Asthma is a common lung condition that causes occasional breathing difficulties. It affects people of all ages and often starts in childhood, but it can also develop for the first time in adults.

There’s currently no cure, but there are treatments that can help keep the symptoms under control so it does not have a big impact on your life.

You should see a GP if you think you or your child may have asthma, or you have asthma and are finding it hard to control.

Annual asthma review

Every asthma patient gets an annual health check, usually with one of our pharmacists who specialise in asthma. This review is a chance to talk about how to manage your symptoms better and lower your risk of an asthma attack.

Your asthma review could involve:

  • Checking your lung function with peak flow or spirometry tests
  • Prescribing or changing medicines
  • Prescribing an inhaler
  • Working to create an asthma action plan
  • Encouraging you to quit smoking (if applicable)

Your GP surgery will invite you for an annual asthma review. Most people go for an asthma review at least once a year, but if you have difficult or severe asthma, you may need to go for an asthma review more often.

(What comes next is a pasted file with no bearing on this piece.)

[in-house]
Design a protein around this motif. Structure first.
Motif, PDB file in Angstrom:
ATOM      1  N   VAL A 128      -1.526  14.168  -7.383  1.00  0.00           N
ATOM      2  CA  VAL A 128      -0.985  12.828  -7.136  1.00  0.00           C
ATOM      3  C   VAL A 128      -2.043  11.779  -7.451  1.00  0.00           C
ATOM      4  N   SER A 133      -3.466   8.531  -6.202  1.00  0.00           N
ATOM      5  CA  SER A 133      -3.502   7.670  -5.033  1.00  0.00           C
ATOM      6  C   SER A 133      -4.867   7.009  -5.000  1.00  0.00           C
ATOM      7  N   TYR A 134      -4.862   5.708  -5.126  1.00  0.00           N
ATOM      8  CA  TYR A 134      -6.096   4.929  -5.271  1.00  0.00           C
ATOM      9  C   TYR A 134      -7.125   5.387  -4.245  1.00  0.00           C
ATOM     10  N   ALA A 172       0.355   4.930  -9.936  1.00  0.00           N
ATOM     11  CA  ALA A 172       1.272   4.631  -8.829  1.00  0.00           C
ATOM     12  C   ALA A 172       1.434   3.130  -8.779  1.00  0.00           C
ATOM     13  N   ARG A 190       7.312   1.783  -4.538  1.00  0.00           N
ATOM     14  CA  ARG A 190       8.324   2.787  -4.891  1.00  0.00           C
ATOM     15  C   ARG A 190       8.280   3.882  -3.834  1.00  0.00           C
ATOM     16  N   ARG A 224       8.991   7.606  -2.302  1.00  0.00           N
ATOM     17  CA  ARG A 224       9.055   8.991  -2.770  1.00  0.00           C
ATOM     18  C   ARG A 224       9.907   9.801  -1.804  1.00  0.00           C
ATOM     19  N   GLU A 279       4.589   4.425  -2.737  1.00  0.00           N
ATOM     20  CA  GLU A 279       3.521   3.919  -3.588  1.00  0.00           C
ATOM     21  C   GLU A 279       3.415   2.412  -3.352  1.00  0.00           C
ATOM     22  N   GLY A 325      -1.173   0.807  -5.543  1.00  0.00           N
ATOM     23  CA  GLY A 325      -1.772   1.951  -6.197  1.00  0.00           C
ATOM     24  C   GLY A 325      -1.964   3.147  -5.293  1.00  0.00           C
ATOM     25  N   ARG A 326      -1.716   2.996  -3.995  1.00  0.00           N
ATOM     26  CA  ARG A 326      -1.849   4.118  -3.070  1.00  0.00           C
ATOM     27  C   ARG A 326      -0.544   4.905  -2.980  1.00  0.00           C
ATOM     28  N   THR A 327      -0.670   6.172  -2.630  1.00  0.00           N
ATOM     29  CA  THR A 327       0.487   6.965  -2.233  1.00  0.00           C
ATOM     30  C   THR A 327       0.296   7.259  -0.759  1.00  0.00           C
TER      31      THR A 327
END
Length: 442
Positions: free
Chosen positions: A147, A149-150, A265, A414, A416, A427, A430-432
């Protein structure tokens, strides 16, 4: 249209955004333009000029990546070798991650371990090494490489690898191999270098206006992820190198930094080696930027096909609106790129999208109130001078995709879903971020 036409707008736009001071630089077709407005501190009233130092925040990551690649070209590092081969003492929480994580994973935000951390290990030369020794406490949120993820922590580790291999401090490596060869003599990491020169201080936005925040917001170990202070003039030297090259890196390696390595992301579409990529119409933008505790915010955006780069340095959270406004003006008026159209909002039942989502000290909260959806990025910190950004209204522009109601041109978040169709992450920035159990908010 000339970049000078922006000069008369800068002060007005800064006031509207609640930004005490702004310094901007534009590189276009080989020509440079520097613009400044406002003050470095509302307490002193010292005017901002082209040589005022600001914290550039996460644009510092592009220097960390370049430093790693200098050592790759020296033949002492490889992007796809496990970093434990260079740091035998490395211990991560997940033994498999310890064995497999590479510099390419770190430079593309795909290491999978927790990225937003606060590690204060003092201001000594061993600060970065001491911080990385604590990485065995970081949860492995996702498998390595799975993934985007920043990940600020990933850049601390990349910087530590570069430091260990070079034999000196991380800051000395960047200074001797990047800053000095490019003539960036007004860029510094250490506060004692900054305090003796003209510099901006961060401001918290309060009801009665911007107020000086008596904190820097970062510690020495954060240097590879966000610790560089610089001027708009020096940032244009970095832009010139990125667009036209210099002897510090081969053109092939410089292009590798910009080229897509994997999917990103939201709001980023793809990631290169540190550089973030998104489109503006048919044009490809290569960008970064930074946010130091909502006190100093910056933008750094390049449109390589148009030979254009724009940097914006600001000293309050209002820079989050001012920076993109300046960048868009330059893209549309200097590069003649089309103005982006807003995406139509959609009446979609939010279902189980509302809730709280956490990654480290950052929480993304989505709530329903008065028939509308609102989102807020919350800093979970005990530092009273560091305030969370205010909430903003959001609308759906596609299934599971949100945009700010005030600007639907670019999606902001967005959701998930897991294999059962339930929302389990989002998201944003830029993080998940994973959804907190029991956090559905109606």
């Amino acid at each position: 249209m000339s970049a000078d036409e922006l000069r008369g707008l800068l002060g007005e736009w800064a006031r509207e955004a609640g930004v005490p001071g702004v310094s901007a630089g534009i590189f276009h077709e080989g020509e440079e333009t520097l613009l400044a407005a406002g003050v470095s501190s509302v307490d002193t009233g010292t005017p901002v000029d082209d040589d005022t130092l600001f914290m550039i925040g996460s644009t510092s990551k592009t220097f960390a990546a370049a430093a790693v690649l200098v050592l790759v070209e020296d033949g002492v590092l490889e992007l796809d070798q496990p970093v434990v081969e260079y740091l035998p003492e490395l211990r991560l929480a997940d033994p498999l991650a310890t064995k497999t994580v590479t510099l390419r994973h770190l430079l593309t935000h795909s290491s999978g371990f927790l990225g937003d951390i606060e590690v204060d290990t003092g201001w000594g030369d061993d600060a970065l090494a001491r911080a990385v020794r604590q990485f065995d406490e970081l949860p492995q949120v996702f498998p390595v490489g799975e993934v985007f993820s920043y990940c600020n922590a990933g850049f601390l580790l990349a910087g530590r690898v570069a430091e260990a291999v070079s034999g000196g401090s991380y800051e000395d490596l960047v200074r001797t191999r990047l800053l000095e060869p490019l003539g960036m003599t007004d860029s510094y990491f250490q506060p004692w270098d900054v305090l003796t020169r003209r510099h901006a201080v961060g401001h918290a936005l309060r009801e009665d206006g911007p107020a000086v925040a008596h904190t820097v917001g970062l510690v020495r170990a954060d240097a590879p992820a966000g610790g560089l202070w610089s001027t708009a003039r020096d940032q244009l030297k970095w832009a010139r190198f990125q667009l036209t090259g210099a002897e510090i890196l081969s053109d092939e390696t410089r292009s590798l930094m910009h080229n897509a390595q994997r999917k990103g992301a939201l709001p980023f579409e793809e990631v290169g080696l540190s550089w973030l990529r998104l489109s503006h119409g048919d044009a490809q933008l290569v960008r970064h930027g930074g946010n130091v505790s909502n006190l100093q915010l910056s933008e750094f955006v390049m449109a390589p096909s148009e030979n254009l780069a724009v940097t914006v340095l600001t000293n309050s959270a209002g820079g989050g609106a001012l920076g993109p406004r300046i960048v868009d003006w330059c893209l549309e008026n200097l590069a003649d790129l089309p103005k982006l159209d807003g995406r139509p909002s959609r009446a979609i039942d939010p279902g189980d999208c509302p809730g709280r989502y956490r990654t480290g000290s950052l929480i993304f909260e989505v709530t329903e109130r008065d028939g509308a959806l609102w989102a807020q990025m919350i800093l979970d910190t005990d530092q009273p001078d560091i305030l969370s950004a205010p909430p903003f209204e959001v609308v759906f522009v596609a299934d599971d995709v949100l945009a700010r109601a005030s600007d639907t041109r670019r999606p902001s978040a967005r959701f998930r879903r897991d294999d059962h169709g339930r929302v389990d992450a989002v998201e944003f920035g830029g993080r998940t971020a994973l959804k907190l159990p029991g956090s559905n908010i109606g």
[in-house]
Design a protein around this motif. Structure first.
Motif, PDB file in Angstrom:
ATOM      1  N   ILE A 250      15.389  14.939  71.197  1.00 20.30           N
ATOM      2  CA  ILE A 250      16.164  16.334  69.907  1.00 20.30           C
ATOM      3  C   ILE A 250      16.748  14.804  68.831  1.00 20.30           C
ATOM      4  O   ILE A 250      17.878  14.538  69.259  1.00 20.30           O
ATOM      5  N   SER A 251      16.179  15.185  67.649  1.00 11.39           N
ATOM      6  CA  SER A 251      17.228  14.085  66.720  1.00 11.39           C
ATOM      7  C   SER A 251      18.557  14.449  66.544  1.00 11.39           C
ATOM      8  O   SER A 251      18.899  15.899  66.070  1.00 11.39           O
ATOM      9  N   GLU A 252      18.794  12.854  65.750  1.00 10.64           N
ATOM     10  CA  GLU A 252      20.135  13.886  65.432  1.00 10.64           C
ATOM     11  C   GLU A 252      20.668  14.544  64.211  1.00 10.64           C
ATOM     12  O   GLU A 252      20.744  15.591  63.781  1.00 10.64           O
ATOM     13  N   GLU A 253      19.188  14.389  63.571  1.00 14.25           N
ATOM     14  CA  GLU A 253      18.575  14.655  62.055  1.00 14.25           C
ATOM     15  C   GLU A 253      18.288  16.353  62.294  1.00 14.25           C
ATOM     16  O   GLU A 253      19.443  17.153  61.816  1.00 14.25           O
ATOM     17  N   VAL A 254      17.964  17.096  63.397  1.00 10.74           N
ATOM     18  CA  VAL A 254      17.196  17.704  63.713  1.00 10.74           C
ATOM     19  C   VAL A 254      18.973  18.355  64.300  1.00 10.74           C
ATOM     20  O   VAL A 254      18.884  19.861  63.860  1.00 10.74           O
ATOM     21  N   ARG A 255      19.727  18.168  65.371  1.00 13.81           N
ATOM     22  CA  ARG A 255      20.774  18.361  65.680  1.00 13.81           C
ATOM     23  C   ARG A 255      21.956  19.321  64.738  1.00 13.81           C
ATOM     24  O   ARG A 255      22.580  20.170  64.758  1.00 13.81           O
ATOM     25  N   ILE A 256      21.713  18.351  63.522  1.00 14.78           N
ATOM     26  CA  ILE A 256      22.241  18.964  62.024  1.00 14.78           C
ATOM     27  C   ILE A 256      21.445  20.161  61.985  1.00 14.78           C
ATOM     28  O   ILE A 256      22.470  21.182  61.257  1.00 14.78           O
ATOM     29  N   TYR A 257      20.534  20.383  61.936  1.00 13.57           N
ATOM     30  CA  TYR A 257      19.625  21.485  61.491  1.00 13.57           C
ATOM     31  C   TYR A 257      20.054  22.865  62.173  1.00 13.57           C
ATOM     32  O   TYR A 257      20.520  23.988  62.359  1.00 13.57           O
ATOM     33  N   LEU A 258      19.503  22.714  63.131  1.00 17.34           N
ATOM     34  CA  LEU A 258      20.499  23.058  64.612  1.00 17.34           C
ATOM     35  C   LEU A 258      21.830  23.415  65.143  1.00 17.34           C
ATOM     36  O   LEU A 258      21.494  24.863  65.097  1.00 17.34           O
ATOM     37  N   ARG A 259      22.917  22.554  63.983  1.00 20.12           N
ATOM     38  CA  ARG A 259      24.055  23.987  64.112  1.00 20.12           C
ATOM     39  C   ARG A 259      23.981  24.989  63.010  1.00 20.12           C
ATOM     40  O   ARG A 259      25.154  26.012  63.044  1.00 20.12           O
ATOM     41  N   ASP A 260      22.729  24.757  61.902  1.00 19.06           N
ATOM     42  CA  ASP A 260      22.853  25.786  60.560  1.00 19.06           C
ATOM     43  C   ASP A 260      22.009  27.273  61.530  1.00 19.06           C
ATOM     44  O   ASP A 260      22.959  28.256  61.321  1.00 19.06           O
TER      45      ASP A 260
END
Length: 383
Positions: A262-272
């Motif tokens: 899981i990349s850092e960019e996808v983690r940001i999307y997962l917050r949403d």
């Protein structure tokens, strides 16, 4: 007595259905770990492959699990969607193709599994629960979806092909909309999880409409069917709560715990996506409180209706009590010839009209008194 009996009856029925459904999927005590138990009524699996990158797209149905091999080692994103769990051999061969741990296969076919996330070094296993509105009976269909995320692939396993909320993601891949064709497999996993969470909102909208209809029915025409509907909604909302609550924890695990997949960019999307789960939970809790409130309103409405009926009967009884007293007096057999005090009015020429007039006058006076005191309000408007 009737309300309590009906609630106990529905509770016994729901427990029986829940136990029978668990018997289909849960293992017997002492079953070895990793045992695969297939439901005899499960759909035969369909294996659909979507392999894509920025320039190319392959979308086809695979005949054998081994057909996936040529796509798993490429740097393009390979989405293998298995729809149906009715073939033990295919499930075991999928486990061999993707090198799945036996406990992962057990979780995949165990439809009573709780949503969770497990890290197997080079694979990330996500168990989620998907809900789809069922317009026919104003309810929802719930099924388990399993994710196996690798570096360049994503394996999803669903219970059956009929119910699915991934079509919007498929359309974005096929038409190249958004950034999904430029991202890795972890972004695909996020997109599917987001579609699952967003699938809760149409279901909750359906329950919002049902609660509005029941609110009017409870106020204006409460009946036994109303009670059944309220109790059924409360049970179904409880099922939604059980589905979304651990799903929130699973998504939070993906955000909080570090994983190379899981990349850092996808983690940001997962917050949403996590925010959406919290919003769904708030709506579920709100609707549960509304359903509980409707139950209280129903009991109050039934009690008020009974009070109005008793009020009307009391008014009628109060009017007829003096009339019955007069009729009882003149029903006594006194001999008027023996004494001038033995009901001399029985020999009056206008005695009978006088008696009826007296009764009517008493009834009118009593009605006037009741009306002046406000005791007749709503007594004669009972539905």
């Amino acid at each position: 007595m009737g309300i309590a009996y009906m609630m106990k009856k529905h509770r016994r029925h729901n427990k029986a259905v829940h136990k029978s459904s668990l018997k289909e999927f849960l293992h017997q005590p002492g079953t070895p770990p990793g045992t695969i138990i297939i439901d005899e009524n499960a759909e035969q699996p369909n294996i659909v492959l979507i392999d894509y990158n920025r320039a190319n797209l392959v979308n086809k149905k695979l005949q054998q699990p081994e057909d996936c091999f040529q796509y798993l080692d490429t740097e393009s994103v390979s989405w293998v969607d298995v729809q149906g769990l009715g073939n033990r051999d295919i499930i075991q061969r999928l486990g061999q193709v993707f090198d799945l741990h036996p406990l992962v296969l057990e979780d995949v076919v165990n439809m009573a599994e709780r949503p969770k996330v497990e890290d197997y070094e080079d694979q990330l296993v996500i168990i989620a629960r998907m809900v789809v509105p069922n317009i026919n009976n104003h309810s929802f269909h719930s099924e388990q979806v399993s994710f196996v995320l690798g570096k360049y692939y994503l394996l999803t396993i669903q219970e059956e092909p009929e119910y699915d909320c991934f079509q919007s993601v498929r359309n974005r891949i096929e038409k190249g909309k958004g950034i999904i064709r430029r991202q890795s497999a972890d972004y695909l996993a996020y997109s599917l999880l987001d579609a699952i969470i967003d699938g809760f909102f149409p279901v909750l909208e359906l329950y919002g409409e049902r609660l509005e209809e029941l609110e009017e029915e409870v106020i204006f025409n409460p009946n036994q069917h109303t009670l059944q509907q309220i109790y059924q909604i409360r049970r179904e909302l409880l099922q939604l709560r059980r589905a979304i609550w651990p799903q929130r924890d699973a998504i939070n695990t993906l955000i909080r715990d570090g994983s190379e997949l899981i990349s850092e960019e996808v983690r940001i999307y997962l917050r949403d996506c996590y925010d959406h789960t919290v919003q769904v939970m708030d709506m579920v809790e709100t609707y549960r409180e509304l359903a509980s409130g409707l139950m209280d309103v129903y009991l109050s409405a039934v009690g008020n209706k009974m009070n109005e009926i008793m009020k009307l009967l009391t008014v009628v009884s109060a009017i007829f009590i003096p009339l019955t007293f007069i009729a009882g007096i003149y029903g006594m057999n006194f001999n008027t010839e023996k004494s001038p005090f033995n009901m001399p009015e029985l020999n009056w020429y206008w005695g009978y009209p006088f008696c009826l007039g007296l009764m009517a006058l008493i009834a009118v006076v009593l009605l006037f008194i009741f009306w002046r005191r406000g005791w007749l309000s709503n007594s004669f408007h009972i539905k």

Symptoms of asthma

  • Wheezing (a whistling sound when breathing)
  • Breathlessness
  • A tight chest – it may feel like a band is tightening around it
  • Coughing

Many things can cause these symptoms, but they’re more likely to be asthma if they:

  • Happen often and keep coming back
  • Aare worse at night and early in the morning
  • Seem to happen in response to an asthma trigger like exercise or an allergy (such as to pollen or animal fur)

Asthma attacks

Asthma can sometimes get worse for a short time – this is an asthma attack. It can happen suddenly, or gradually over days.

Signs of a severe asthma attack:

Getting a diagnosis

If you suspect that you or your child may have asthma, you should make an appointment with your GP to discuss available options to treat and ease your symptoms. They may do or suggest some of the following:

  • Ask you about your medical history, symptoms and what triggers them
  • Refer you to a hospital or clinic for further tests
    – This may be a combination of tests, as there is no one test that can diagnose asthma

Further information and resources

  • Asthma + Lung UK has a helpline where you can talk to experts about anything to do with your condition. They can be contacted via:
    – Phone: 0300 222 5800
    – Email:[email protected]
    – WhatsApp: 07378 606 728
  • Beat Asthma has resources for parents of children with asthma
  • A booklet for eating well for healthier lungs is available here